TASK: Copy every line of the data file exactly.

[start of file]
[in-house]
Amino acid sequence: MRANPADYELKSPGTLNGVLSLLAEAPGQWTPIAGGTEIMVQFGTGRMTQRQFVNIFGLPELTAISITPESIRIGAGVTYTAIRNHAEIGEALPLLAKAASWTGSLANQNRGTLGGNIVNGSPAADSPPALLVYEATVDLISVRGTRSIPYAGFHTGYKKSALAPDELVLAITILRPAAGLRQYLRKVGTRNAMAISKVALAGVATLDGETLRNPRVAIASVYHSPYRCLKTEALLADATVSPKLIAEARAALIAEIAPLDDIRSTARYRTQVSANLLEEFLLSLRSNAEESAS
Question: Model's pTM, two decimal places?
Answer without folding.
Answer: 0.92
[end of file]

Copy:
[in-house]
Amino acid sequence: MRANPADYELKSPGTLNGVLSLLAEAPGQWTPIAGGTEIMVQFGTGRMTQRQFVNIFGLPELTAISITPESIRIGAGVTYTAIRNHAEIGEALPLLAKAASWTGSLANQNRGTLGGNIVNGSPAADSPPALLVYEATVDLISVRGTRSIPYAGFHTGYKKSALAPDELVLAITILRPAAGLRQYLRKVGTRNAMAISKVALAGVATLDGETLRNPRVAIASVYHSPYRCLKTEALLADATVSPKLIAEARAALIAEIAPLDDIRSTARYRTQVSANLLEEFLLSLRSNAEESAS
Question: Model's pTM, two decimal places?
Answer without folding.
Answer: 0.92